Email from a Letter Writer: "He Gave Michigan Hope Again"
Brianna Leathers from Sterling, MI reflects on how far America’s auto industry has come since she first wrote the President in 2009.
When she was 13 years old, Brianna Leathers wrote to the President to share her worries about her family’s future as the American auto industry stood on the brink of collapse. Today, she sent the following message on how far we’ve come since those days thanks to President Obama’s decision to bet on American workers like her dad. Didn’t get the message? Sign up here.
In 2009, when I was thirteen years old, I wrote this in a letter to the President:
“Dear President Obama,
My dad works for a company that manufactures cables for the automotive companies … This industry isn’t doing so well but these guys are still doing ok. I thought it would be nice if you gave them a visit … I am 13 years old and I am worried about my family’s future in Michigan.”
That was then. Today, the company my dad works for is thriving again, giving him a brighter outlook to continue his career as an auto supplier. The falling unemployment rate makes me feel more hopeful about finding a career of my own after college. People in Michigan are more confident about the future of our state than they’ve felt in a long time.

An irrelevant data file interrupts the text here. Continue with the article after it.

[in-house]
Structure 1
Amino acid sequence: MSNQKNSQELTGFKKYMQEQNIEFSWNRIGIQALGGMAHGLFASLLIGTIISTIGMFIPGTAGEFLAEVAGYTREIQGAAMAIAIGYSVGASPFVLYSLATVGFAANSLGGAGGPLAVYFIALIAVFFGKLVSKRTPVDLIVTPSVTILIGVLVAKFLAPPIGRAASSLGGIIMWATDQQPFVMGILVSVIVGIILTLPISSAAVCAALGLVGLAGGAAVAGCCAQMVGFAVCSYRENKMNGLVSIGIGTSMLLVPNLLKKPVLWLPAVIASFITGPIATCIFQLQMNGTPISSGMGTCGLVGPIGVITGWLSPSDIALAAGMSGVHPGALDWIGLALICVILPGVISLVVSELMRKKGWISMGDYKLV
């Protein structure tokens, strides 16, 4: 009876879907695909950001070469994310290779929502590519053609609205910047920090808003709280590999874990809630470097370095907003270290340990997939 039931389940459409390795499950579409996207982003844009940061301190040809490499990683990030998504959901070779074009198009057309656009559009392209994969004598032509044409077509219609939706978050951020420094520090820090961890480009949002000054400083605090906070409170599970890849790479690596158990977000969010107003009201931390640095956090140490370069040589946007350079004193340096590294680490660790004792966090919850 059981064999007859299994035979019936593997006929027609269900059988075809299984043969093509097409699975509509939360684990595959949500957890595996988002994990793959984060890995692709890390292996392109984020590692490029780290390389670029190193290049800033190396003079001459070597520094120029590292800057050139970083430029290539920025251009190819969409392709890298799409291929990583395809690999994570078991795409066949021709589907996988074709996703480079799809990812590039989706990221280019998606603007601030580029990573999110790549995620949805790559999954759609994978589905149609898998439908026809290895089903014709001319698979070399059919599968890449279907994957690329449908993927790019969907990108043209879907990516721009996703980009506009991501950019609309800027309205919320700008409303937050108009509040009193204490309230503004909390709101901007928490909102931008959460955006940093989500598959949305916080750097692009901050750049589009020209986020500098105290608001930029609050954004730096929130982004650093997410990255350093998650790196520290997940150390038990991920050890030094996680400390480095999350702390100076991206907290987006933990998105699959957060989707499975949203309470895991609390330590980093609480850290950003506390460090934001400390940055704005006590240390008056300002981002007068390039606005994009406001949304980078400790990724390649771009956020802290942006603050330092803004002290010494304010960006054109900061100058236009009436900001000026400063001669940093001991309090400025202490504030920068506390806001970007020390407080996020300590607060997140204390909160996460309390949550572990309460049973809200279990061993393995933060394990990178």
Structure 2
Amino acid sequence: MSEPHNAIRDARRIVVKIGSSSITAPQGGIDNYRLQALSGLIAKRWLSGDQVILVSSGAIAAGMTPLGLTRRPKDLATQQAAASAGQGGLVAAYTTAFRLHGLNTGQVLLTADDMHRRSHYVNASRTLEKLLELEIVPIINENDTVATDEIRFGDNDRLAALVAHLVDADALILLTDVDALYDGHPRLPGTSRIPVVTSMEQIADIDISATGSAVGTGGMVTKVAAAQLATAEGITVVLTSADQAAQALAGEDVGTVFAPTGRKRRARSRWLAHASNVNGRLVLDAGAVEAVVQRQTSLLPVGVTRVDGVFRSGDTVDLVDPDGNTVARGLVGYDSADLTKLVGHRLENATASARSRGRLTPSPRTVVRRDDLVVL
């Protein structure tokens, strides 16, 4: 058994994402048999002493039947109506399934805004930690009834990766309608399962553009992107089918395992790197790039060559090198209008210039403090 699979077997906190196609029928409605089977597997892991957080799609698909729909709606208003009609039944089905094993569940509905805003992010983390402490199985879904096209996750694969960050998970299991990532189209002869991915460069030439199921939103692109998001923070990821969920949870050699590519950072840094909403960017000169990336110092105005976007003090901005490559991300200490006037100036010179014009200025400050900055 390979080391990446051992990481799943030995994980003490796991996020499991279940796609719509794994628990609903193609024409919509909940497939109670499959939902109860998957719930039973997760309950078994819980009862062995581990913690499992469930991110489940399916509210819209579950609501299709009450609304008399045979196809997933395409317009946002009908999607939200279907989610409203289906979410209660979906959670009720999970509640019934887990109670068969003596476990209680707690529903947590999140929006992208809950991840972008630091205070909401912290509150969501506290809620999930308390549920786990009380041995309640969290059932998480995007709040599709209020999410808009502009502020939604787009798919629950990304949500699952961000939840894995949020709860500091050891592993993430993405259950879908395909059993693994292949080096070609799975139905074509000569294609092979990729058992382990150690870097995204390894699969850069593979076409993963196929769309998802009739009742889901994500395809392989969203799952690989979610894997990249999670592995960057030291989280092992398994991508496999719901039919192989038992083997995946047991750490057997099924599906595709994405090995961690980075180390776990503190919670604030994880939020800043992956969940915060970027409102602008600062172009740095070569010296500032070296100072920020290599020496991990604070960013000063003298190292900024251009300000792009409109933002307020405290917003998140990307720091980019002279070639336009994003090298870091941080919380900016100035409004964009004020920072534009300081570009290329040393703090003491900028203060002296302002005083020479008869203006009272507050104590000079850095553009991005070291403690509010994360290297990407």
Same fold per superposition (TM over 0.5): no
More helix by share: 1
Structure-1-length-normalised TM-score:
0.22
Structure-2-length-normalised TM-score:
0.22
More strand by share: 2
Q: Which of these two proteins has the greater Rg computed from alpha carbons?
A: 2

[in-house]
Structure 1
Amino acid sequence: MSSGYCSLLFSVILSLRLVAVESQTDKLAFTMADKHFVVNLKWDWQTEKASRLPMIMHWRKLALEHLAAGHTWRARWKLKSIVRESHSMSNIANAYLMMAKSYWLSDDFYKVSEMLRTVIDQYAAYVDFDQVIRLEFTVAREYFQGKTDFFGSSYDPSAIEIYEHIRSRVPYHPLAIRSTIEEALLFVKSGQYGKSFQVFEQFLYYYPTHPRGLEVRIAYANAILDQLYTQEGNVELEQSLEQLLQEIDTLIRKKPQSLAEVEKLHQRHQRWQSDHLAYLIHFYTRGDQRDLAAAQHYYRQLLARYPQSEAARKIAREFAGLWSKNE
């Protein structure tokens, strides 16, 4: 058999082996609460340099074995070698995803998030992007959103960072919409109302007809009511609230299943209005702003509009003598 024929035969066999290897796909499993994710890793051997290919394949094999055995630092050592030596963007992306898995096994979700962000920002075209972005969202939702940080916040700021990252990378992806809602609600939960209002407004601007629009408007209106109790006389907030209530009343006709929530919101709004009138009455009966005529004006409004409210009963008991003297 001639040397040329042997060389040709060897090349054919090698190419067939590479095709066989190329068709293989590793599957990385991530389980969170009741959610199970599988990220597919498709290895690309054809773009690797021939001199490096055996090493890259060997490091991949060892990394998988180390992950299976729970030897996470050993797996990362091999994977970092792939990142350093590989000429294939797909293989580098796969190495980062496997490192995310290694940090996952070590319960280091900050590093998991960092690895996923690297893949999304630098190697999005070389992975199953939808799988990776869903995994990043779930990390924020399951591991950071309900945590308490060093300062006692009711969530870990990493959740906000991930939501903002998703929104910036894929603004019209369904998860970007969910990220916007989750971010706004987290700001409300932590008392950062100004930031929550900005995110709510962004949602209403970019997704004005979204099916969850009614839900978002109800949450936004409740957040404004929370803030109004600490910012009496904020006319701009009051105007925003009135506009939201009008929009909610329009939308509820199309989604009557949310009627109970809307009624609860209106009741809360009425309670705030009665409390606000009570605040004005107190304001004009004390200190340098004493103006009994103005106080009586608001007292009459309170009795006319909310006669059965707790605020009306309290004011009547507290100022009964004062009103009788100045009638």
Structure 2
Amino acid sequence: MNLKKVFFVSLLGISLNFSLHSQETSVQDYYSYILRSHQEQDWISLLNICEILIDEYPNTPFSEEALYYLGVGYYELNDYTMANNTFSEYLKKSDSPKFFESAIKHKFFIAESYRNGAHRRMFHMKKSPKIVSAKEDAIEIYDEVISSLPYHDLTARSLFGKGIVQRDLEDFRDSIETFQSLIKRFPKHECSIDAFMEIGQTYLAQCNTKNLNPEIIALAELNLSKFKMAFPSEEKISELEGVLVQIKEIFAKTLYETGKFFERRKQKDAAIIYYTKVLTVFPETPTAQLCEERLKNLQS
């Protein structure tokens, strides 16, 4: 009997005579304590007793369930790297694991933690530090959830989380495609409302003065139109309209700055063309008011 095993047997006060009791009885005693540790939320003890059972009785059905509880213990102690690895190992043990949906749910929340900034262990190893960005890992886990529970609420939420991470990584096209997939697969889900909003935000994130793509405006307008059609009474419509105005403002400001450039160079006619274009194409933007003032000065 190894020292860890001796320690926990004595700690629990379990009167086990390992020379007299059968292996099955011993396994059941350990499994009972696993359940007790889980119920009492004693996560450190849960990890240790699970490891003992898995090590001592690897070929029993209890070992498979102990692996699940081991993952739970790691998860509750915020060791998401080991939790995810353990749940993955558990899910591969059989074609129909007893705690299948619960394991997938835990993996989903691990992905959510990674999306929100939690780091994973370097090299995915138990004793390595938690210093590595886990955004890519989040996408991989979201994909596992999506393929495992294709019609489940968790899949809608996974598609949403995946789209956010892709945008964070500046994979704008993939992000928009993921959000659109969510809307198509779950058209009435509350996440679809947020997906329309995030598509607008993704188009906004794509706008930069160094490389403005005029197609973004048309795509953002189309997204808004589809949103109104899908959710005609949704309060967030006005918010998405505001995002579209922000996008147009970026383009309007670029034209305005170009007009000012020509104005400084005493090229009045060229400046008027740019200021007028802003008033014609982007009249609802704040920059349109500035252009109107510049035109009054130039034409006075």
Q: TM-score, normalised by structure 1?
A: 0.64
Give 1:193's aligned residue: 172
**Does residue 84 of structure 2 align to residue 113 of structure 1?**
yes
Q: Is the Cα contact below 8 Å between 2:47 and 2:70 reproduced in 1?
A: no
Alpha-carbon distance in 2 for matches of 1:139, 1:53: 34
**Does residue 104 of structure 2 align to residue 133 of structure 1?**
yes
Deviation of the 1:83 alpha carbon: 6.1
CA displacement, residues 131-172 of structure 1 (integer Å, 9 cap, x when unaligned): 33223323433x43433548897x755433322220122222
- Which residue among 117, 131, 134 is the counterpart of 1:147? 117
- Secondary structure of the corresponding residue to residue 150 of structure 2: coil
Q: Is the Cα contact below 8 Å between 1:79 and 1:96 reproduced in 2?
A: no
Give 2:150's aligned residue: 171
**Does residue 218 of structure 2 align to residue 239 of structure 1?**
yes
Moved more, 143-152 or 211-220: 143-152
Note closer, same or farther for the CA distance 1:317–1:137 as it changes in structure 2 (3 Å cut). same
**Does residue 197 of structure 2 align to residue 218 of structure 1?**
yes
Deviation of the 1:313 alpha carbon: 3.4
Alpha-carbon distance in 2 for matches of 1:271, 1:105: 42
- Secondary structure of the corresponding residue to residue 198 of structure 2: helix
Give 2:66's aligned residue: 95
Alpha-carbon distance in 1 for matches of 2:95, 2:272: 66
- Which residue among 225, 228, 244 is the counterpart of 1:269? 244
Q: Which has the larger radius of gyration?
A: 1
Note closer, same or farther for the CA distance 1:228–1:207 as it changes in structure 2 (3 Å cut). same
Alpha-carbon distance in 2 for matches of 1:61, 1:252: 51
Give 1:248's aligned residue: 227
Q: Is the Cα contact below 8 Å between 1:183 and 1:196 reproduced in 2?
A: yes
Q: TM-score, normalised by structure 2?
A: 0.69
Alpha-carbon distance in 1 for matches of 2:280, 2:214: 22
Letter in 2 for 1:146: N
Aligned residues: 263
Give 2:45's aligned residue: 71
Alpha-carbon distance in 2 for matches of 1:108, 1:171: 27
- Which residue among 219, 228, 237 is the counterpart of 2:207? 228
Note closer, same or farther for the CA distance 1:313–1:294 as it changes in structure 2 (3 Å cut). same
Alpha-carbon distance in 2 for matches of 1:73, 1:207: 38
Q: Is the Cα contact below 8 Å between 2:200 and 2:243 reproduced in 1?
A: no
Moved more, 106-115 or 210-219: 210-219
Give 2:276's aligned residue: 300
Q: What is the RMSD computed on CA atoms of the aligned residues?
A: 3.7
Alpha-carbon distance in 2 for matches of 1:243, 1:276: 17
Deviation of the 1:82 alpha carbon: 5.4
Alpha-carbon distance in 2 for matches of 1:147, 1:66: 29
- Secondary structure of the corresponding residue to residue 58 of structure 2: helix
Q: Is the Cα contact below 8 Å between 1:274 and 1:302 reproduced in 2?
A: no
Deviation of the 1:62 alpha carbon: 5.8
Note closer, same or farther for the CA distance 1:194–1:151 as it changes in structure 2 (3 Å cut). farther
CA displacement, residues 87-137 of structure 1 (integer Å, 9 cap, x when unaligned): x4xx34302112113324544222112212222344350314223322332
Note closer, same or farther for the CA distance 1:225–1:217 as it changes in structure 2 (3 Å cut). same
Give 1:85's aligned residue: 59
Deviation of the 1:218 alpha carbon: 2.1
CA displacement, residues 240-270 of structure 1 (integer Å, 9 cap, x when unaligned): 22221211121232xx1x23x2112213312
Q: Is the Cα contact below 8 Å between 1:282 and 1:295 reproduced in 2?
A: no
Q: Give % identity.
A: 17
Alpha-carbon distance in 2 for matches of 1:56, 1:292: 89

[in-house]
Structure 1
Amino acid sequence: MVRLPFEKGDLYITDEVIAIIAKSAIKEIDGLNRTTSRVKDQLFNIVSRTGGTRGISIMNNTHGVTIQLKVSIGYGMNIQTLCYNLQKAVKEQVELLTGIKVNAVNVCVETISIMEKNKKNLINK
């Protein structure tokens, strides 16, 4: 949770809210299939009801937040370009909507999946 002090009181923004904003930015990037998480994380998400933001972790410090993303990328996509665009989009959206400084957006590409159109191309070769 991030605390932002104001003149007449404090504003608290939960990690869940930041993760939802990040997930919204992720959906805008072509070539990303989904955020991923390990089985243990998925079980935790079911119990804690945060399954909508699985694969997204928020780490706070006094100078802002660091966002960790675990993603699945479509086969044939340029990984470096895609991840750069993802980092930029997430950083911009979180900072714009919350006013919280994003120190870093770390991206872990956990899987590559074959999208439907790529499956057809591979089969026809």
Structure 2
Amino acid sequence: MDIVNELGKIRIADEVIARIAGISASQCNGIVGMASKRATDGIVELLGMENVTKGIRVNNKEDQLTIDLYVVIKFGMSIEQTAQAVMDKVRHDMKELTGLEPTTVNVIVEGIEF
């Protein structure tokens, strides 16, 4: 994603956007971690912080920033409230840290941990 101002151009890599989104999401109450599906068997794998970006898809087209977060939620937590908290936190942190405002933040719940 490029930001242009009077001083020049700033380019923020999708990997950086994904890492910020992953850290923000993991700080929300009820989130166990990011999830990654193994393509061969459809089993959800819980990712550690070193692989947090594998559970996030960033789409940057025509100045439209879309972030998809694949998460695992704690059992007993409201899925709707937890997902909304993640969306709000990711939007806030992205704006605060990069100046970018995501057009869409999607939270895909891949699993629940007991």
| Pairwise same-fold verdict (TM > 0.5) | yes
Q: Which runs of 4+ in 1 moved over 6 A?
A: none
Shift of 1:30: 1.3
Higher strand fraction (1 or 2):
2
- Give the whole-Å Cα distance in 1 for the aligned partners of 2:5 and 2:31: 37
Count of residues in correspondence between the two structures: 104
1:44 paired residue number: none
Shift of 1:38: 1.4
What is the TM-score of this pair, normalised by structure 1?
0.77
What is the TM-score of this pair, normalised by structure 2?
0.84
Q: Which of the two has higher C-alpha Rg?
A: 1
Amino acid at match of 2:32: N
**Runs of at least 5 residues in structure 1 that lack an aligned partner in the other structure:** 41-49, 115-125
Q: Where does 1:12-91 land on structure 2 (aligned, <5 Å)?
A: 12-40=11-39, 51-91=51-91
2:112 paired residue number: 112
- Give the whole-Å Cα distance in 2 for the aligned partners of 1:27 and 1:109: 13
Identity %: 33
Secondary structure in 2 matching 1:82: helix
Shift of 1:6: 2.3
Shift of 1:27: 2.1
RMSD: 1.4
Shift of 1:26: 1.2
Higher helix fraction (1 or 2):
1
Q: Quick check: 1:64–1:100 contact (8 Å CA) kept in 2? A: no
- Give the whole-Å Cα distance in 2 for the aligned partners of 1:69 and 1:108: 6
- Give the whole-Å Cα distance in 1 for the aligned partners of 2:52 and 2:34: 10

When President Obama saved the auto industry, he gave Michiganders like me and my family hope again.
As a 13-year-old girl, I saw a few of my relatives get laid off from the automotive companies they worked for. I felt that it was unfair to them because I knew they were hard workers. Through overhearing my dad talk to customers and colleagues on the phone, I got a sense of just how much the entire industry was struggling then.
When I wrote to President Obama in 2009, I felt hopeful something could be done to improve this terrible situation.
Seven years after the President took steps to rescue the auto industry, so much has changed. I’ve seen foreclosed homes being occupied again, new homes being built, and people going back to work in the auto industry.
We tend to talk about the U.S. economy and the job market as if they’re all one thing, but it’s too big for that. There are sharp differences from one state to another.
To determine the best and worst states to make a living this year, personal finance site MoneyRates.com considered average wages, taxes, cost of living, unemployment rate, and incidents of workplace safety incidents (including illness, injuries, and deaths) for each state.